Taoiseach says he will consider request for Michael Collins statue in Dublin

Martin says more historical research may be more appropriate way of ensuring legacy of Collins is not forgotten

The Taoiseach has pledged to consider calls for a statue of Michael Collins in Dublin but suggested more historical research into Collins may be a more appropriate way of ensuring his role in the fight for Irish freedom is never forgotten.

Speaking earlier this week, Micheál Martin said he would talk to Fine Gael’s Patrick O’Donovan, Minister of State with responsibility for the OPW, after Mr O’Donovan said it was time that Collins was honoured by the State with a statue in Dublin given his central contribution towards Ireland achieving independence.

“I don’t believe that somebody of Michael Collins’s greatness should be left to voluntary groups to commemorate, notwithstanding, they do a hugely important job and have done so generations while the State failed Michael Collins’s legacy and failed his memory,” said Mr O’Donovan.

Speaking on RTÉ Radio One’s Today with Claire Byrne earlier in the week, Mr O’Donovan said that it was wrong Collins, “the founder of the nation”, had been omitted from the history books when he and people of his generation were growing up in the 1990s and that needed to be rectified.


Responding, Mr Martin said: “We took advice, and previous governments and oppositions did, in terms of how we would approach the Decade of Centenaries ... and if I am correct, and I stand to be corrected on this, the advice from academics was to go down a different route, the academic route, the exploration of issues.

“To have, if you like, a fresh analysis from a historical perspective so that we would inform current generations in relation to the past — I’m reading a book by Ann Dolan and William Murphy about Michael Collins, and they really bring a fresh analysis to the different aspects of Michael Collins’s life.”

Mr Martin was full and generous in his praise of Collins when he made history last Sunday by becoming the first Fianna Fáil Taoiseach to address the 100th anniversary commemoration of Collins death in an anti-Treaty IRA ambush at Béal na Bláth in west Cork.

Describing Collins as “a man who played an irreplaceable role in securing Irish freedom”, Mr Martin acknowledged in his address that Collins was a leader who “always provided a special inspiration” to Fine Gael but that he also played a hugely important role in establishing Ireland’s democratic traditions.

“In his short 31 years, Collins made a deep, lasting and positive impact on our country. Shaped by the ideals of his community, he devoted his life to his country. He was a dynamic leader who could both inspire people and, in the middle of a bloody conflict, build a new administration from nothing,” Mr Martin said.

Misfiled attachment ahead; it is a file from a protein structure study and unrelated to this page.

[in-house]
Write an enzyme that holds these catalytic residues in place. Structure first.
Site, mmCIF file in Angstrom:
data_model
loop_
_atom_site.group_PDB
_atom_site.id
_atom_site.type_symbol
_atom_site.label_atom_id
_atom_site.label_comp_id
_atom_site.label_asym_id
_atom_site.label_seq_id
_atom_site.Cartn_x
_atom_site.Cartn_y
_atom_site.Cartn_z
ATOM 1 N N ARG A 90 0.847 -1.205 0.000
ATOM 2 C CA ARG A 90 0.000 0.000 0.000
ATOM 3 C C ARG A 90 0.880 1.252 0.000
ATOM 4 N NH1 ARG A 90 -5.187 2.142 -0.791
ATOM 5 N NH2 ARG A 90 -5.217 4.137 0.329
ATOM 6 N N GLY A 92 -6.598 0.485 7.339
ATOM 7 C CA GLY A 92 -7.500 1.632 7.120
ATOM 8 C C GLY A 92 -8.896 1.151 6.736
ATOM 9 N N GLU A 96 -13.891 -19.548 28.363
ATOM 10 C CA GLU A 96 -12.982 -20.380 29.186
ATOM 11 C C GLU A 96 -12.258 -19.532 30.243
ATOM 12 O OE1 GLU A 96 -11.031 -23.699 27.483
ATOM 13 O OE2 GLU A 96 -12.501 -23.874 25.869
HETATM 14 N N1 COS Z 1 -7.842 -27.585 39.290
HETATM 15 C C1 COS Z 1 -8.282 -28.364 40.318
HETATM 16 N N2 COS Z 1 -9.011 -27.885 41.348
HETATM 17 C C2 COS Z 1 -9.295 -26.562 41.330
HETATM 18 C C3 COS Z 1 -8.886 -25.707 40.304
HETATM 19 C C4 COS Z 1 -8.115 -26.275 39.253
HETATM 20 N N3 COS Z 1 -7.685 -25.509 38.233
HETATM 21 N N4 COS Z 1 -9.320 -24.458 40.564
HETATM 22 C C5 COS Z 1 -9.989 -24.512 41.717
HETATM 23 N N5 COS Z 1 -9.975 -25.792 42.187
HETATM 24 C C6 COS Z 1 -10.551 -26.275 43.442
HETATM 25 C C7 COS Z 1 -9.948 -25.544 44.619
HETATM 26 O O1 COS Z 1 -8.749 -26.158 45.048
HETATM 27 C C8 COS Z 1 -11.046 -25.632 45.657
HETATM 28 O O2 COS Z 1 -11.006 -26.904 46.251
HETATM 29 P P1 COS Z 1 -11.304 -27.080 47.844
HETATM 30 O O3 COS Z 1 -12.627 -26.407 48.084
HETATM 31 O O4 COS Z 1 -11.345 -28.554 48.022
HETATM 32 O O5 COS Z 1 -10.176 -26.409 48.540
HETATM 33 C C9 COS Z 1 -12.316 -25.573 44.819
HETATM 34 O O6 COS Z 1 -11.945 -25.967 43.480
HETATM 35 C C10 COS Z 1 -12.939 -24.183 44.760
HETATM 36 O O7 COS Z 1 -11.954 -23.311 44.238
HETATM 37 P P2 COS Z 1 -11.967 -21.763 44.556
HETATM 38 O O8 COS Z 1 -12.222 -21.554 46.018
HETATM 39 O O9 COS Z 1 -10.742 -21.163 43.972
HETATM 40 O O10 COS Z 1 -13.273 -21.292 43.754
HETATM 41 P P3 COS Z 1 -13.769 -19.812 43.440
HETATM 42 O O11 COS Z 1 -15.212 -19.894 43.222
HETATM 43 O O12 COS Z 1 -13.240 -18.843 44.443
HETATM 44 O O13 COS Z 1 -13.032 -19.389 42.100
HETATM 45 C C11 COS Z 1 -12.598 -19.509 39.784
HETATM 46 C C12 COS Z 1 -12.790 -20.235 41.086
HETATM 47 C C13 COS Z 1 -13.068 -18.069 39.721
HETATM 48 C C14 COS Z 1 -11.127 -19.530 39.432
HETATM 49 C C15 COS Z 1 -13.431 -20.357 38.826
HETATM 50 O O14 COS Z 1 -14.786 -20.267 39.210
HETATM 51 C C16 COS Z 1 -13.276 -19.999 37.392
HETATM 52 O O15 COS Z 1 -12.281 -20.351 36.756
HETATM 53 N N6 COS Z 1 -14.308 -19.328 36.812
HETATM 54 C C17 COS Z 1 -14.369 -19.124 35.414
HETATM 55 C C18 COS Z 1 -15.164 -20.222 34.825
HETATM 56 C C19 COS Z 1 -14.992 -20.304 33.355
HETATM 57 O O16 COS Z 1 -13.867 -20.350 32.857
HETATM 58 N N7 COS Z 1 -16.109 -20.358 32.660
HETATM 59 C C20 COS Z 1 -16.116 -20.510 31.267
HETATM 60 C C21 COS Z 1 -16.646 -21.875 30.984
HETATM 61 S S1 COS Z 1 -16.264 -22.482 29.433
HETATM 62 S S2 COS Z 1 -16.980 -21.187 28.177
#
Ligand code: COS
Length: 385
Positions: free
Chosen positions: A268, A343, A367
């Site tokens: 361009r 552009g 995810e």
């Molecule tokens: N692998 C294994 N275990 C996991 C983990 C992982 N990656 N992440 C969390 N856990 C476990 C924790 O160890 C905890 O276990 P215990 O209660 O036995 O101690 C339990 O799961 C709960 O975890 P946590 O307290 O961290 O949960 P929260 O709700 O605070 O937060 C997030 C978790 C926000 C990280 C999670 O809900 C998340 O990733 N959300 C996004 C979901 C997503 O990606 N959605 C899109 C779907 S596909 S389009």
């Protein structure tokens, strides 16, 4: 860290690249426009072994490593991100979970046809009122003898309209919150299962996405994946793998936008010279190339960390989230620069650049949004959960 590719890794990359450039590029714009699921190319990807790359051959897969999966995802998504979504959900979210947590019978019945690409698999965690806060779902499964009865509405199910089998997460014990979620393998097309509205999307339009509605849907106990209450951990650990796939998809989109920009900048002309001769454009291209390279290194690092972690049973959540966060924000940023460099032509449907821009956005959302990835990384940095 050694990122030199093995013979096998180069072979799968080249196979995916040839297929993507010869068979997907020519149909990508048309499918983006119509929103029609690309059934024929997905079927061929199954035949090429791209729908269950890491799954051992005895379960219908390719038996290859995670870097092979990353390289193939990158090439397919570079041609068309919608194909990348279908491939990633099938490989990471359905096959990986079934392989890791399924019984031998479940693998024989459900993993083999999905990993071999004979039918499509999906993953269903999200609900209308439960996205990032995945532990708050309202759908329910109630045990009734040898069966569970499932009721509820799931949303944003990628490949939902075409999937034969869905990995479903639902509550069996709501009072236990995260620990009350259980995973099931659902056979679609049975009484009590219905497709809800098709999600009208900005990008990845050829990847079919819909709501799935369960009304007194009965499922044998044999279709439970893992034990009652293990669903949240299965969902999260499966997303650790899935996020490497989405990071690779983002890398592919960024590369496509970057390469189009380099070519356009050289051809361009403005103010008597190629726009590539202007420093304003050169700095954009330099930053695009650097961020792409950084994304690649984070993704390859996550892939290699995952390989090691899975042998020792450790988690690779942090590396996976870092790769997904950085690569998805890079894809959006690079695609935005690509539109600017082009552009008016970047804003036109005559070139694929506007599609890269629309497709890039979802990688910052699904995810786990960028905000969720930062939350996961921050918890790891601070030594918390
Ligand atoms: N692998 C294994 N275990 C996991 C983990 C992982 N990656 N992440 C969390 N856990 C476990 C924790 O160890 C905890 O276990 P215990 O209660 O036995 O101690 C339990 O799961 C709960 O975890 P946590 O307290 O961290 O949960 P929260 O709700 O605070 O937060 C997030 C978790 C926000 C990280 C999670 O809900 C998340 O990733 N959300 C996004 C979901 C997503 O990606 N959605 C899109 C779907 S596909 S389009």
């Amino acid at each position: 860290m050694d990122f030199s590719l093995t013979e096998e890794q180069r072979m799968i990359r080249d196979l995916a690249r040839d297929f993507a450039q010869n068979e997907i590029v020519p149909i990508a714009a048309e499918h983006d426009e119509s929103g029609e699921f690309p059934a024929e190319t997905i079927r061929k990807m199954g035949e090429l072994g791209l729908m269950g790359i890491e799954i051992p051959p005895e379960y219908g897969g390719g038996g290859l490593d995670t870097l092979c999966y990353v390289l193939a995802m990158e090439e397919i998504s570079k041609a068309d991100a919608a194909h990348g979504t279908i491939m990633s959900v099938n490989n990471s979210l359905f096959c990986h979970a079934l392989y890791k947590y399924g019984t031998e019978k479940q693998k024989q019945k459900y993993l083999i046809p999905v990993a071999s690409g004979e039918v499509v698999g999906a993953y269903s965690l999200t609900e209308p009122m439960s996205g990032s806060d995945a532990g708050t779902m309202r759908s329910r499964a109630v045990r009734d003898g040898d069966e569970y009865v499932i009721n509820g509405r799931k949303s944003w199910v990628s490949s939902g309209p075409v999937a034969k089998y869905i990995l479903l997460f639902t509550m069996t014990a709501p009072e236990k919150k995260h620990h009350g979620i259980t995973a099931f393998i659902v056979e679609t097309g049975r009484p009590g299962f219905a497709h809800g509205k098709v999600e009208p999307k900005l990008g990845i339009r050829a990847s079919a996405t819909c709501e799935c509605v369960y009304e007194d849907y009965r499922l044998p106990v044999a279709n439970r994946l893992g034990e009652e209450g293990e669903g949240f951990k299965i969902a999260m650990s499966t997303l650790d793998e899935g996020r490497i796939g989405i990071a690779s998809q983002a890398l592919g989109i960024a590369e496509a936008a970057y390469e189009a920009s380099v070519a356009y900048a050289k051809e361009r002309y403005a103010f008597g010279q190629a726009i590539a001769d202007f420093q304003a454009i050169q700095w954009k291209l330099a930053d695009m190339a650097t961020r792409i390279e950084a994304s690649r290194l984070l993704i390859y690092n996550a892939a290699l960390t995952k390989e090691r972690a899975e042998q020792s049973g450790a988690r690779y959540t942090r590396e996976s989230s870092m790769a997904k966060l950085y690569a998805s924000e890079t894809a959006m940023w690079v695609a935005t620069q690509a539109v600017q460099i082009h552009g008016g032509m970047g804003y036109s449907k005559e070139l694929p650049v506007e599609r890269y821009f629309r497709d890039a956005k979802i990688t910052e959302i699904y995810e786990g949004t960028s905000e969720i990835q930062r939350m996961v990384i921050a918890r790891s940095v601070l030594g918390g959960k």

“He is a key reason why we have been able to build a country which, while it still faces challenges, has been transformed for the better. For this, today, as much as ever before, he deserves our gratitude, and he deserves to be remembered as one of the greatest Irishmen to have ever lived.

“We have the physical monuments but what is more important, if I am honest, is if among a younger generation, we create a greater awareness of our past, but also a more informed awareness and not to be approaching history from the perspective of the victor or the vanquished,” the Taoiseach said.

“We need but to approach history with as open a mind as one possibly can because we are reared with prejudices, and we are all reared with particular perspectives, but 100 years on, we should be able to look at things a bit more dispassionately and a bit more objectively.”

Speaking on Today with Claire Byrne, Mr O’Donovan praised Mr Martin for acknowledging the role Collins played in securing independence for Ireland, but said he felt that 100 years on from Collins’s death the State should also recognise his importance by commissioning a statue of him in Dublin.

“In a lot of houses up and down the country, Michael Collins was spoken in a revered fashion and that included anti-Treaty houses as well, and Micheál Martin nailed it when he said that Michael Collins wasn’t a partitionist or somebody who advocated Civil War, he wanted to avoid all of that.”

Mr O’Donovan pointed to the fact that An Post has honoured Collins with a commemorative stamp while the Central Bank had also issued a commemorative coin but the Irish State had not honoured him with a statue in Dublin where he orchestrated Ireland’s fight for freedom.

“Ireland has really done a very bad job looking after the memory of Michael Collins, but it now time in my view that he takes his place rightfully in the capital city for tourists and for Irish people for people who realise that we are living in a democracy now that was established because of him.”

Asked by Ms Byrne if honouring Collins might be seen as being partisan to one side in the Civil War, Mr O’Donovan said he would have no difficulty if Collins was honoured with Arthur Griffiths and Cathal Brugha who all died in the summer of 1922.

Brugha had served as the first president of Dáil Éireann in 1919, a post Griffith also took in 1922, and to honour all three would ensure that there was no divisiveness on the issue, he said.

Barry Roche

Barry Roche

Barry Roche is Southern Correspondent of The Irish Times